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Mobile cameras could be set up in areas plagued by anti-social behaviour

02 Mar 2024 2 minute read
Gwent Police Superintendent Jason White. Photo NCC

Police could deploy mobile cameras to areas plagued by anti-social behaviour as part of a new partnership agreement.

A senior officer confirmed on Thursday (February 29) that Gwent Police would gain access to the technology via a recent deal with neighbouring South Wales Police.

At a Newport City Council meeting, Superintendent Jason White heard reports from several city areas of problems with youngsters engaging in “bad behaviour” and crime.

These included Bettws councillor Kevin Whitehead reporting the “torching of a car” in Ogmore Crescent, and Gaer ward councillor Stephen Marshall complaining about anti-social behaviour in Maesglas.

Car rallies

He said there were problems with riders of “a lot of bikes” weaving among traffic, and evening “car rallies” along the A48 Southern Distributor Road and in a neighbourhood retail park.

There were also reports of young people congregating outside shops and a supermarket in Cardiff Road and “intimidating” people, Cllr Marshall added.

Supt White told him police could “put in place mobile cameras to provide some reassurance” to those affected.

He described Maesglas as an area he was “passionate about” and acknowledged there were “peaks and troughs” in incidents of anti-social behaviour.

Lliswerry councillor Mark Howells said he anticipated similar problems outside some shops in his ward during the lighter evenings in the spring and summer.

And Allt-yr-yn councillor David Fouweather reported men “wandering around” the neighbourhood in the early hours of the morning, “trying car doors and testing front doors”.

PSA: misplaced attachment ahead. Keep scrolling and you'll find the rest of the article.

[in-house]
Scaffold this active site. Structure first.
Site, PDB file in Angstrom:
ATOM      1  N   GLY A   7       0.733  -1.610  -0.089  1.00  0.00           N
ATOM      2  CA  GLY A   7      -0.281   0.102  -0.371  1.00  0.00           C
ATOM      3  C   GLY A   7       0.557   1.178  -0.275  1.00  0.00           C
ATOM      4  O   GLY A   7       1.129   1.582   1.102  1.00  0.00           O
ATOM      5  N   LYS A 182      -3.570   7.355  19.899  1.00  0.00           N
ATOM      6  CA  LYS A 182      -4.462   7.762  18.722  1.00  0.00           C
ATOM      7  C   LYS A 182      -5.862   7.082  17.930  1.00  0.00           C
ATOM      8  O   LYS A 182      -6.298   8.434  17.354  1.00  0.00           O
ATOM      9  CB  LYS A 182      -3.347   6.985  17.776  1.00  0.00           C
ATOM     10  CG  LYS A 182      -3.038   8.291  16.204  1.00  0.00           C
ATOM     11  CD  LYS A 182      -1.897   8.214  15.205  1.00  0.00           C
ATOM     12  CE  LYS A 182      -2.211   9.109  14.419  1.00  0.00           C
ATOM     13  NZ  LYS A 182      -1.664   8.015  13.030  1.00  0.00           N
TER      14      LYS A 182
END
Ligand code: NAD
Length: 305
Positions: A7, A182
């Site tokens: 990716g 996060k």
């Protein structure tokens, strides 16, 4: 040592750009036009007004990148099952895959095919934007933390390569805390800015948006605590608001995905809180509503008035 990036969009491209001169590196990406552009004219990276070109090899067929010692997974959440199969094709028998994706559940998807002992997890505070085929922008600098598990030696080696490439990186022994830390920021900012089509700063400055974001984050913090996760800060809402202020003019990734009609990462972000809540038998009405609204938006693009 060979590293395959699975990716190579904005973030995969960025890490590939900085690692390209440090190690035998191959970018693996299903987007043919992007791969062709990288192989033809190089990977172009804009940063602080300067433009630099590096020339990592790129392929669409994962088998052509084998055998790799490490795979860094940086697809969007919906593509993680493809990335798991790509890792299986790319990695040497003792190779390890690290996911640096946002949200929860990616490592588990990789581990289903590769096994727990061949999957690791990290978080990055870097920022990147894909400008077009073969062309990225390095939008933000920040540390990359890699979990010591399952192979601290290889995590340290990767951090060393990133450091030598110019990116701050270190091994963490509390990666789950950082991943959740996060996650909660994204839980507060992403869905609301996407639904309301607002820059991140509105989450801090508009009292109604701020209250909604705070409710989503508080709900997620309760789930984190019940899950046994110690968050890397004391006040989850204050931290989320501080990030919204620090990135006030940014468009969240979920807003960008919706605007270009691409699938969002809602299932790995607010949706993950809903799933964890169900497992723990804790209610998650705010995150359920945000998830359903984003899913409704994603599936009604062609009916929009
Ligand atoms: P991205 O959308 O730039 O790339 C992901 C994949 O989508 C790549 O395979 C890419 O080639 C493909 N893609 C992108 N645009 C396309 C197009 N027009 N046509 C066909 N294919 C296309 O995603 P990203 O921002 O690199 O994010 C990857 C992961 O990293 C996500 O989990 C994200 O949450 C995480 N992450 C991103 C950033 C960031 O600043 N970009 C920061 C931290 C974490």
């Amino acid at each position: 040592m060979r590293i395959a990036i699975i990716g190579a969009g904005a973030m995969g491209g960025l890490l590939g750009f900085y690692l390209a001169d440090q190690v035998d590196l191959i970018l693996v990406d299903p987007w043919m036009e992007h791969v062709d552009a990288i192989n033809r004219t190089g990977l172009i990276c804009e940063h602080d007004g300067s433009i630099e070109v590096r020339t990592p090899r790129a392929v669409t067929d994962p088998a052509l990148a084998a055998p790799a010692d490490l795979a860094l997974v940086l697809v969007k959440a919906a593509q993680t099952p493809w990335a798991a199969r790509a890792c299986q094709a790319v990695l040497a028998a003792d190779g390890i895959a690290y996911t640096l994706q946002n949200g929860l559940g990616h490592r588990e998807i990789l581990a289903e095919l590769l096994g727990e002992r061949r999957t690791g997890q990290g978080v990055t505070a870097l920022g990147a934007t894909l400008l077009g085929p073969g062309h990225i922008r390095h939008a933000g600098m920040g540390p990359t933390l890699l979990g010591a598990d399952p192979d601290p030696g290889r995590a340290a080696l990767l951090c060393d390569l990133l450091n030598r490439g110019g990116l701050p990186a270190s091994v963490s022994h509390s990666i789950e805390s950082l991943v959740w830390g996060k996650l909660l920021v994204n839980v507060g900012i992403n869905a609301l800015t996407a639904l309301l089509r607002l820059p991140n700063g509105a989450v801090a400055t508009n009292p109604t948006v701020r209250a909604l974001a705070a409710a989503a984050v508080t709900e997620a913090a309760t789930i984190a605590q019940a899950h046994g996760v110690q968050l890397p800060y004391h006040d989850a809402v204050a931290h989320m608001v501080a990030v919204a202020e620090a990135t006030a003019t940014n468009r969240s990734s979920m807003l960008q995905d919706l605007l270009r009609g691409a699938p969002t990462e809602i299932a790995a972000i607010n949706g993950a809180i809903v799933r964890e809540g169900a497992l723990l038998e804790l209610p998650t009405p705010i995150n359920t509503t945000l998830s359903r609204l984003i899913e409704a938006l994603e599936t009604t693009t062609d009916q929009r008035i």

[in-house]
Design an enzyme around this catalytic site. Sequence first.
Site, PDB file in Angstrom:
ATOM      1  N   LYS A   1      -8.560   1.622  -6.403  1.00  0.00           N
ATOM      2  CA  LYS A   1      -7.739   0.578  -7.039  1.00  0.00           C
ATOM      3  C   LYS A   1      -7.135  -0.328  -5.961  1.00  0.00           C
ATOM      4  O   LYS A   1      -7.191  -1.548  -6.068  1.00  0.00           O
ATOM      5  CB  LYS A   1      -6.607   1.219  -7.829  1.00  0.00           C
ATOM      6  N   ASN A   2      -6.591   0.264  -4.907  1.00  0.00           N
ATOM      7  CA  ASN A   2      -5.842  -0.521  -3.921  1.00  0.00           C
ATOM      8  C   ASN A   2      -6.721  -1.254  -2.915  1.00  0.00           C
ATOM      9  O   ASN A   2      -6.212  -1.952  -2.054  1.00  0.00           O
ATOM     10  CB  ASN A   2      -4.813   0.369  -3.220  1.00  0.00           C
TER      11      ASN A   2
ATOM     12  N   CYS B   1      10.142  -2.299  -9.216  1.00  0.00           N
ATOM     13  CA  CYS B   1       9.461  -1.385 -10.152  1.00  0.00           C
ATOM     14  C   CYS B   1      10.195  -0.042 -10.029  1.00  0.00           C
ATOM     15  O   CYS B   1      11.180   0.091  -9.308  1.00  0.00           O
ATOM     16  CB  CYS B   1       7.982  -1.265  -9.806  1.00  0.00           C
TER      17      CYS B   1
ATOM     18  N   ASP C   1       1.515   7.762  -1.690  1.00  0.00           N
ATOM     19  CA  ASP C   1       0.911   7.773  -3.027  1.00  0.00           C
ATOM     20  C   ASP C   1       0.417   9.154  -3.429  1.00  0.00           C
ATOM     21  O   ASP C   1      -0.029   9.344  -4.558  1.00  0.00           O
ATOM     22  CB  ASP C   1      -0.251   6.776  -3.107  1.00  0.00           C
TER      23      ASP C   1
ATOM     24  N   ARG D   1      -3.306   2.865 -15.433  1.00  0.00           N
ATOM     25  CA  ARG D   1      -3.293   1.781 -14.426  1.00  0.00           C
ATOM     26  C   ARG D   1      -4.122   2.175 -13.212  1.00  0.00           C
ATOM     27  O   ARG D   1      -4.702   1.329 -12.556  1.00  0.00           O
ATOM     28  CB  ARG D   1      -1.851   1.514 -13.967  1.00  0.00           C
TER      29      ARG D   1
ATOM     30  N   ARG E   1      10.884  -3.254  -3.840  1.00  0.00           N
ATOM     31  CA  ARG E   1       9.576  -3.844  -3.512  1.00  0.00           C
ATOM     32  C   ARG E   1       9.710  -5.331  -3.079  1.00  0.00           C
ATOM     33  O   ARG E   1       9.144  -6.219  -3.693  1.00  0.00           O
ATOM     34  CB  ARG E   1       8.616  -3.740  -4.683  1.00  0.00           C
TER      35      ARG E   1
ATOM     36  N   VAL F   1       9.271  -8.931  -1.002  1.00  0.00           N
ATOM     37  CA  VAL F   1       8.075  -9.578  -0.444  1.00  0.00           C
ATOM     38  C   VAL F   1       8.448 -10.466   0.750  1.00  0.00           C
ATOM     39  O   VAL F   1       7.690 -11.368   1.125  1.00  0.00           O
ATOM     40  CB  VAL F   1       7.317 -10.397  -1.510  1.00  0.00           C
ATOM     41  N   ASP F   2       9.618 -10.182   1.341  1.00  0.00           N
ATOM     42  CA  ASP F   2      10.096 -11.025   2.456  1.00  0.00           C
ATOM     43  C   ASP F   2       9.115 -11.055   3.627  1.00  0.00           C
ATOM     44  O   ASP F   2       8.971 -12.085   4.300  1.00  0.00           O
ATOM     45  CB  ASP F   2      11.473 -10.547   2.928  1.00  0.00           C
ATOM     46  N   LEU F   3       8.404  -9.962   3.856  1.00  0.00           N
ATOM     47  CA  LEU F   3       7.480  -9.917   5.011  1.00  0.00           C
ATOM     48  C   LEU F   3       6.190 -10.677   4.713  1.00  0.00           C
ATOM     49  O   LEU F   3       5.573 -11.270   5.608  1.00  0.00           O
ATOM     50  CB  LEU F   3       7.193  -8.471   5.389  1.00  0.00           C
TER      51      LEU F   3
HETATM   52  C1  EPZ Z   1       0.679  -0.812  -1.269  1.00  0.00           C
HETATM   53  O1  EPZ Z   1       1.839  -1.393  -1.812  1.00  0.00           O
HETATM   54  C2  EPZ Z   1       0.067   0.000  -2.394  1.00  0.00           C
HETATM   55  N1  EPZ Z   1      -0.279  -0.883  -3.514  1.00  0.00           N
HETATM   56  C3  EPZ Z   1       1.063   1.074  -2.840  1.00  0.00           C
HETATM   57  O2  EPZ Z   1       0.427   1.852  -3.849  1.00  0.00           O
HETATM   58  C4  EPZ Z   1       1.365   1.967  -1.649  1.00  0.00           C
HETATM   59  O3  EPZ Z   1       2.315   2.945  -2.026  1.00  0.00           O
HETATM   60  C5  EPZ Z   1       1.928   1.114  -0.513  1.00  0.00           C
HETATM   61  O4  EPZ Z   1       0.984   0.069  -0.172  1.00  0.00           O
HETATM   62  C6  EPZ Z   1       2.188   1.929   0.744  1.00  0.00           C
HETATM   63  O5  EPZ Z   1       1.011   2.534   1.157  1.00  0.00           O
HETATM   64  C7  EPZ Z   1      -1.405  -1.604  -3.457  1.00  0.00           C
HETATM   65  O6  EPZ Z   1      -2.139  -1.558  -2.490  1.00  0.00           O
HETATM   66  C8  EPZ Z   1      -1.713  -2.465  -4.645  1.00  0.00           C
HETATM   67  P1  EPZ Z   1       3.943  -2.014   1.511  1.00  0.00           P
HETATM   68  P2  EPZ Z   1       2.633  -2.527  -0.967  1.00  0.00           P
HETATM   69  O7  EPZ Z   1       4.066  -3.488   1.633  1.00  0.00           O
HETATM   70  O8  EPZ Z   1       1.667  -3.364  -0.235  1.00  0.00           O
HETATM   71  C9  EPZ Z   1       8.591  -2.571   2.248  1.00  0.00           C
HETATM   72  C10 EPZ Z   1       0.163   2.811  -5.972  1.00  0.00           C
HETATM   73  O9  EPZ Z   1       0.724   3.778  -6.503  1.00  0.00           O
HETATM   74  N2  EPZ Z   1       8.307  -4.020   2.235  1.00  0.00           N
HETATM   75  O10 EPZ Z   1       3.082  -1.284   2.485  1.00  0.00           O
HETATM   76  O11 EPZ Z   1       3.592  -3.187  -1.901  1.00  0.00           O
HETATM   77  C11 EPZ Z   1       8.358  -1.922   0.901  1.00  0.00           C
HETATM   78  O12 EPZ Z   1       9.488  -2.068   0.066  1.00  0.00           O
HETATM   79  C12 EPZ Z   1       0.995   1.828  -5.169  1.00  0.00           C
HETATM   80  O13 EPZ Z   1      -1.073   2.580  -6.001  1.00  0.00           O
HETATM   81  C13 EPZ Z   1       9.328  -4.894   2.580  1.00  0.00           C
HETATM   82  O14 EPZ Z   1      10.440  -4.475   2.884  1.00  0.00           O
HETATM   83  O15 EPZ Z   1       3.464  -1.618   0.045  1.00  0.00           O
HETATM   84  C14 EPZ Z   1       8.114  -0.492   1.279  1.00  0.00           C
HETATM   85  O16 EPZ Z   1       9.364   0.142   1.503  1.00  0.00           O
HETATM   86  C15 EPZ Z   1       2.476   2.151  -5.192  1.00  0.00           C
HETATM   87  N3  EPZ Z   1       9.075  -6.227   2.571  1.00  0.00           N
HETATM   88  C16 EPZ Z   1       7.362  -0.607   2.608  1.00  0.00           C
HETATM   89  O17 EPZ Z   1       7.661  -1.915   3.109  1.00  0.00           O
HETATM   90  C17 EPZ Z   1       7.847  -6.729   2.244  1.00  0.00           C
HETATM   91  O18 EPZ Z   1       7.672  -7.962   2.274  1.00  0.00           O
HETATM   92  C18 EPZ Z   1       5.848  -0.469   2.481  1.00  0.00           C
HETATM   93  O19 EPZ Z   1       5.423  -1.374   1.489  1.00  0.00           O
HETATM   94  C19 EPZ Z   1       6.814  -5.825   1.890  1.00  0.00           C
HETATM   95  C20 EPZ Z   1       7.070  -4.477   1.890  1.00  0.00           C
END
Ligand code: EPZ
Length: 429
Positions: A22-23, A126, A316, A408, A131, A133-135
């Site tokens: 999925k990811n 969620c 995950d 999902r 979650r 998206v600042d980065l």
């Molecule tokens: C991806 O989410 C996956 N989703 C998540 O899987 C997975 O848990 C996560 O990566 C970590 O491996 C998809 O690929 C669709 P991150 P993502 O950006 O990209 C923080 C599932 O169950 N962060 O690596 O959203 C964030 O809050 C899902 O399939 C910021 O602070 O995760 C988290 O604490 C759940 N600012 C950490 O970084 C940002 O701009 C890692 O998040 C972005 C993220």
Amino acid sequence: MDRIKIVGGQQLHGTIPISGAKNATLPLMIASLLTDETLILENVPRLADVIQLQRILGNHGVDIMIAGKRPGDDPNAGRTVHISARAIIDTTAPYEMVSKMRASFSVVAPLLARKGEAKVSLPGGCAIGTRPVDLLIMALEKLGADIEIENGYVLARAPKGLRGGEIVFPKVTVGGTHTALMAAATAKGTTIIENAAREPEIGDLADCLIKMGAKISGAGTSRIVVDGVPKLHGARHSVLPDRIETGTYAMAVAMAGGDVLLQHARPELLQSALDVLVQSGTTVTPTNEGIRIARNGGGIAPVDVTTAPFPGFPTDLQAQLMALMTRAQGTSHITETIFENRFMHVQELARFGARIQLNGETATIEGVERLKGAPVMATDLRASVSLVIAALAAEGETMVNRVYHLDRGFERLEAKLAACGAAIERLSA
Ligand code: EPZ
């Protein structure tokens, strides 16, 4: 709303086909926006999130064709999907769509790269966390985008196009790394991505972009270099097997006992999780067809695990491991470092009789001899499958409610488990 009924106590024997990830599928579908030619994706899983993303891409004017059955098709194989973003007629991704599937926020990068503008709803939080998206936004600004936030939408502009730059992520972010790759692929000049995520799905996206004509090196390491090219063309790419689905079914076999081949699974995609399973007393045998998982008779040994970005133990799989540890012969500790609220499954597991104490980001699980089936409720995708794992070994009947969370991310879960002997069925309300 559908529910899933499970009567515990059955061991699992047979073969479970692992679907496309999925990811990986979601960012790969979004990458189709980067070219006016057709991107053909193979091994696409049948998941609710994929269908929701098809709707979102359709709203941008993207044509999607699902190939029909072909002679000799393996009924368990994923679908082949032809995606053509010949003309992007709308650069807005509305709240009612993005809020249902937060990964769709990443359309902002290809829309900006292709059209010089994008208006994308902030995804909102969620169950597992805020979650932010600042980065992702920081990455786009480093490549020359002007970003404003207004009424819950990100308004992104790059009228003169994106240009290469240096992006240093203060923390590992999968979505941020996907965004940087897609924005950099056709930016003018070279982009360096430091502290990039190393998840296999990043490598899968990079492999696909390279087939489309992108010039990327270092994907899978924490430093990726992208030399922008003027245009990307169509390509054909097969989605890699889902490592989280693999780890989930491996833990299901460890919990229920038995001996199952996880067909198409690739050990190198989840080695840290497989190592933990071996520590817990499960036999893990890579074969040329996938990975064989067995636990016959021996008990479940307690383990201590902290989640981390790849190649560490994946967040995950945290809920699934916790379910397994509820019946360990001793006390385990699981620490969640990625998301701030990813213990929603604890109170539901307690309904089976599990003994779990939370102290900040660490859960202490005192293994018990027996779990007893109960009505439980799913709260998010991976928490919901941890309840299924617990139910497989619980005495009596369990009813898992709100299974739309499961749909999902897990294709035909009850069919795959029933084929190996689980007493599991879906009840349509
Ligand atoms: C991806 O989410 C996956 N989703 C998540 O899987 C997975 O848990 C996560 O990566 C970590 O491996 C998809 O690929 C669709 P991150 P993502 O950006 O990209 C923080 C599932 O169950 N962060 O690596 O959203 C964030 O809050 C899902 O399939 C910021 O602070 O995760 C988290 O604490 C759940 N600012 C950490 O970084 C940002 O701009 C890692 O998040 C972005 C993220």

This was “very worrying” for residents, he added.

Vehicle crime

Supt White told the meeting vehicle crime was down by 30% in Newport in February, but that had been preceded by a “steep increase” in such offences, both in the city and elsewhere.

There had also been a “significant” rise in car thefts in Cwmbran, he told councillors.

The officer repeated his regular pleas for residents to contact the force if they have concerns about anti-social behaviour or crime in their neighbourhoods.

“People can approach us,” he told the meeting.

Meanwhile, there has been a success story in the Shaftesbury area of Newport since the superintendent’s last appearance at the council.

Ward councillor Lauren James thanked the officer for resolving residents’ concerns around reports of drug activity at a property there.

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4 months ago

Is it 1984! Yet!

4 months ago

Works across Merseyside so well

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